magic.lambda.validators - Hyperlambda validators

This project contains argument validators for Hyperlambda. More specifically it contains the following slots.

All of the above slots takes an expression, or values, as its main input, and will throw exceptions if their input expression’s value(s), or its value, does not follow the rules specified by the validator. Some of the above slots takes additional arguments. This makes them perfect fits for “intercepting” the input specified to an HTTP REST endpoint, to verify the input data conforms to some sort of predefined validation scheme.

Commonalities between validators


Most Hyperlambda validators requires some sort of argument(s) - However, some of these validators does not require arguments, such as the email validator, that simply verifies the input is a valid email address. To use the [validators.regex] validator, you should probably learn regular expression. However, this is beyond the scope of this article.

Notice - No attempt to invoke the type validator logic will be done unless the value is a non null value. If you want to enforce such logic, you’ll have to combine the specific type validators with the [validators.mandatory] validator, that enforces that a value must be specified and not have a null value.

How to use []

This slot works similarly to the [validator.integer] validator, except instead of providing a min/max integer value, you’re expected to provide a min/max date value. Below is an example of how you could use it.*/date

How to use []

This slot takes no arguments besides an expression, and will throw an exception unless the value of the node the expression is leading to is a valid email address. Below is example usage.

How to use [validators.enum]

This validator will throw an exception unless the specified string argument is one of the legal values. Usage could be as follows.


If the above [enum_value] is not either val1 or val2 the validator will throw an exception.

How to use [validators.integer]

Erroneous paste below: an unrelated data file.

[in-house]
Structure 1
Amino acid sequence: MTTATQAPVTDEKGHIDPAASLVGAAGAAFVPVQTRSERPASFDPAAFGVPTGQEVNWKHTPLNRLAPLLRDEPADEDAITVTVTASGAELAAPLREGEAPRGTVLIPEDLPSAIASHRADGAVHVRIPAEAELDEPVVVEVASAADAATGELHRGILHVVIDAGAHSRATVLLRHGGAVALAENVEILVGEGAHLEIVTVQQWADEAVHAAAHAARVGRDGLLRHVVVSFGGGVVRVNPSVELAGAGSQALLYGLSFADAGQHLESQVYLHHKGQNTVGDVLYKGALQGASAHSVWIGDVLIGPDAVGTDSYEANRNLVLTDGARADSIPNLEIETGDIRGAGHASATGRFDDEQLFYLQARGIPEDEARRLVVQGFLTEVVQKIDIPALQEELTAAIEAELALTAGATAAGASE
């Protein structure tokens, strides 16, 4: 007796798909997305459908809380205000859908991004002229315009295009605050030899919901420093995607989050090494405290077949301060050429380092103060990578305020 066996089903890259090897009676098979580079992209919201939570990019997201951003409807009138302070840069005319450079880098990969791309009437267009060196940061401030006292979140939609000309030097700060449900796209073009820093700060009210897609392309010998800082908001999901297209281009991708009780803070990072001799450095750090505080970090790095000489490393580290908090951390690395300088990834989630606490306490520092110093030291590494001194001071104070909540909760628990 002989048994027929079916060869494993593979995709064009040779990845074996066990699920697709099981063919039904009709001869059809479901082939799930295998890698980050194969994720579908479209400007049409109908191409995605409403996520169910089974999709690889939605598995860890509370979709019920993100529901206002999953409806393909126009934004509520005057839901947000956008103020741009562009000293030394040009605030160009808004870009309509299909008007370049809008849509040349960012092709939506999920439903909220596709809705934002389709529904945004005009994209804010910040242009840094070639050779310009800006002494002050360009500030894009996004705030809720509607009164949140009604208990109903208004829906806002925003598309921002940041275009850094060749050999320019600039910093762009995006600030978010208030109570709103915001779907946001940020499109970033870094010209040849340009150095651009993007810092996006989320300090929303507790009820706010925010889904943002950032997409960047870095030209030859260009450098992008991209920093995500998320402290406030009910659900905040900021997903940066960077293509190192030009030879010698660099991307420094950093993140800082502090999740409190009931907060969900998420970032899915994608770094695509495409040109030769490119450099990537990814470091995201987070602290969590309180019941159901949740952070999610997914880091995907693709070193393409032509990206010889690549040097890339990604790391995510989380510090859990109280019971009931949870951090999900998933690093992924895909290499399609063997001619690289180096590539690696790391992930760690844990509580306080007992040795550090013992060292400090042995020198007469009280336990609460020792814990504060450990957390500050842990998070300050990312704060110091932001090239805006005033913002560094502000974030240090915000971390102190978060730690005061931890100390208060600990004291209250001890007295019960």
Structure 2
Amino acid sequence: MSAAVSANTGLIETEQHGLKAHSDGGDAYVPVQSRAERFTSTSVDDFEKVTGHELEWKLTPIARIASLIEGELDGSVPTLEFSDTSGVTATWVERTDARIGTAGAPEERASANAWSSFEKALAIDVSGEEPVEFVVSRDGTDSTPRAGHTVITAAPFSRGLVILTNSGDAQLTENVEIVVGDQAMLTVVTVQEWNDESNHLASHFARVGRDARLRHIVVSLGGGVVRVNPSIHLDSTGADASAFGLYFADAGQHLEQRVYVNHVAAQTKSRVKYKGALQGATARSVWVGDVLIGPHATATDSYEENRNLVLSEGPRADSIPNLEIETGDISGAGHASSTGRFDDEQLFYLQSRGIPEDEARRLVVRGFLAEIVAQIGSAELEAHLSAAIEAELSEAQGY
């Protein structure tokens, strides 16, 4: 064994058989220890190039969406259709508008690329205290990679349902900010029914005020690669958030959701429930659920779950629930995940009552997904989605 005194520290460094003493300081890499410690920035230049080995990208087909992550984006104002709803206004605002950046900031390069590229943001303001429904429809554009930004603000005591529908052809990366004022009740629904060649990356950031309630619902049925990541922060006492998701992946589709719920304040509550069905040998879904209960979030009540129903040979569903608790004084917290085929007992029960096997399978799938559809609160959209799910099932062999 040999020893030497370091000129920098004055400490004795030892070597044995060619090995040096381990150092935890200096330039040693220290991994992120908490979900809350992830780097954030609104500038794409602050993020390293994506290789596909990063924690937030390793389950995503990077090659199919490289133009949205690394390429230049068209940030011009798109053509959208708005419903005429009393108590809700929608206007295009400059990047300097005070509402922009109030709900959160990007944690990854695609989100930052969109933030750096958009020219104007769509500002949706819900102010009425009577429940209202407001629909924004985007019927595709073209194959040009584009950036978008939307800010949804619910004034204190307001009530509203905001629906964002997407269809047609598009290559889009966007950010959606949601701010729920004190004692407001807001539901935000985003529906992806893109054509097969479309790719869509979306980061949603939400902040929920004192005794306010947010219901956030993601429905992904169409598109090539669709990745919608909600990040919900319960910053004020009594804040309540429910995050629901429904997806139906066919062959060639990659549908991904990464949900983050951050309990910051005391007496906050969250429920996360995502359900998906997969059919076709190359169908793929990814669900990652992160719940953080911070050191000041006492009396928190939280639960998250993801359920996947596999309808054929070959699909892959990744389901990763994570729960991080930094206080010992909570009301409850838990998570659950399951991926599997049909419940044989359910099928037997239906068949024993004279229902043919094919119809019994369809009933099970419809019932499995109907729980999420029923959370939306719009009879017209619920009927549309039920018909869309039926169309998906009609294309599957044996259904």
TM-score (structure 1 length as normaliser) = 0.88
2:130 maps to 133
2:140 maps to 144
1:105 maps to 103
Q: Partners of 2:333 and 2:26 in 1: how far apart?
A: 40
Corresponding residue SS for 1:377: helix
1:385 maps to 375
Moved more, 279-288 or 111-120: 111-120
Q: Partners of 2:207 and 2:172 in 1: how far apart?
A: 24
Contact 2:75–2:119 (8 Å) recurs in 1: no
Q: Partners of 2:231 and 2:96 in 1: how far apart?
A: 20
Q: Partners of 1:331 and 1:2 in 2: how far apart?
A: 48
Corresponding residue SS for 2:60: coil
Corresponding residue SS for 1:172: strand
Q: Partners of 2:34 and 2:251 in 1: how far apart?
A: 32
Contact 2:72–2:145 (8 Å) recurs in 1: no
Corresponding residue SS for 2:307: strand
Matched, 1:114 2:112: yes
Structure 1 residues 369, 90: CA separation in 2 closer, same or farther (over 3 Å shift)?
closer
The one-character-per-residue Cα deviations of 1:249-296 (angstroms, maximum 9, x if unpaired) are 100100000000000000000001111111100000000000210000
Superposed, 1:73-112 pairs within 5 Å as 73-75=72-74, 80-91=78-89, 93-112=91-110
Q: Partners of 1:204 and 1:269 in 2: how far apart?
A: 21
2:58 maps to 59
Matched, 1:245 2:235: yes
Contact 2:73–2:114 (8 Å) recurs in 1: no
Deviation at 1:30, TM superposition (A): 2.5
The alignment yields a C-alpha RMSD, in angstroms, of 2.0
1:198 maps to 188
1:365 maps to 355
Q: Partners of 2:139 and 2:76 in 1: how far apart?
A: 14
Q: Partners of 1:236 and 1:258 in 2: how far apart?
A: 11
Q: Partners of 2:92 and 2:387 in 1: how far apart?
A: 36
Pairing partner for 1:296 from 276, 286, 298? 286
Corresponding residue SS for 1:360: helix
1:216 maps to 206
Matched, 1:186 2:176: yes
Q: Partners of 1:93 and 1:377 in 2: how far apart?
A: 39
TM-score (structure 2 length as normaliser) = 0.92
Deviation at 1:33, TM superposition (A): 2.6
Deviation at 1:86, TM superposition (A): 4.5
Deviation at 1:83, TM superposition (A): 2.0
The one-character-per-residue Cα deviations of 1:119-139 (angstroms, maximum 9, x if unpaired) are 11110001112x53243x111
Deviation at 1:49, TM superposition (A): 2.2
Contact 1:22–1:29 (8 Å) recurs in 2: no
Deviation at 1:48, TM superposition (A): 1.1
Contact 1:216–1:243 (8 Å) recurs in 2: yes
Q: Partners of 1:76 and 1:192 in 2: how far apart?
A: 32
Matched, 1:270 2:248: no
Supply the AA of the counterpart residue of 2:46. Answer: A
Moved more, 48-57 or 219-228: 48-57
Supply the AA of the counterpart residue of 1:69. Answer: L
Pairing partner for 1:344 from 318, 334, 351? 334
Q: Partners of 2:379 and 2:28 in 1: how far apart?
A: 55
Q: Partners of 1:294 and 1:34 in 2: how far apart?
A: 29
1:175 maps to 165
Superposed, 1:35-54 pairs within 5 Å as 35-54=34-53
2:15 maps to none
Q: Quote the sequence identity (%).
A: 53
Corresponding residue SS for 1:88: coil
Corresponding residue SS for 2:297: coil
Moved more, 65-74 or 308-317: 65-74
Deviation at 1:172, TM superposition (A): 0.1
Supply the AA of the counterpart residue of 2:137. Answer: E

This value takes a [min] and [max] value, both of which are optional, and declares the minimum, and/or maximum value of the integer input. Usage could be as follows.


If the specified integer value is not within the range of the min and max value, an exception will be thrown.

How to use [validators.mandatory]

This slot simply throws an exception if the specified argument is not supplied. Below is example usage.


How to use [validators.regex]

This validator requires a [regex] argument, that is a regular expression that must match the argument specified. Usage can be found below.

   foo:howdy world

If you remove the “howdy” parts of your above argument, an exception will be thrown.

How to use [validators.string]

This works the same way as the [validators.integer] validator, except instead of being a min/max value the min/max arguments declares the minimum and maximum length of the string, allowing you to restrict string length of arguments to a min/max value for your Hyperlambda. Below is example usage that will throw an exception unless the argument is between 5 and 15 characters in length.


How to use [validators.url]

This is similar to the [] slot, except it requires the argument to be a valid URL instead of a valid email. Below is example usage.


How to use [validators.recaptcha]

This is probably the most complex validator, and required 3 arguments.

To use this validator you will need a Google reCAPTCHA account, version 3, at which point you can use it as follows.


How to use [validators.default]

This validator takes one or more arguments with any name and any value, and if this node does not exist as a child of the node collection specified as its expression value, it appends the node to it. If the node exists but has a null value, it sets its value to the value of the argument.


Validator internals

You can use one invocation to any of the validators to validate multiple nodes, such as the following illustrates.

      // Throws if you remove the "."


First the above expression will be evaluated, then every resulting value will be validated, and if any of them are not validated according to the validator’s arguments - Which for the above example is number between 5 and 10 - The validater will throw an exception, providing the invalid value, and the name of the last iterator (effectively being the argument name) to the caller. This allows you to use one single validator to validate multiple arguments, such as the above illustrates. This might be useful if you for instance have an endpoint accepting multiple address fields, and zip code is a mandatory argument, and it needs to be an integer with a [max] and [min] value.

Project website for magic.lambda.validators

The source code for this repository can be found at, and you can provide feedback, provide bug reports, etc at the same place.

The projects is copyright of Aista, Ltd 2021 - 2023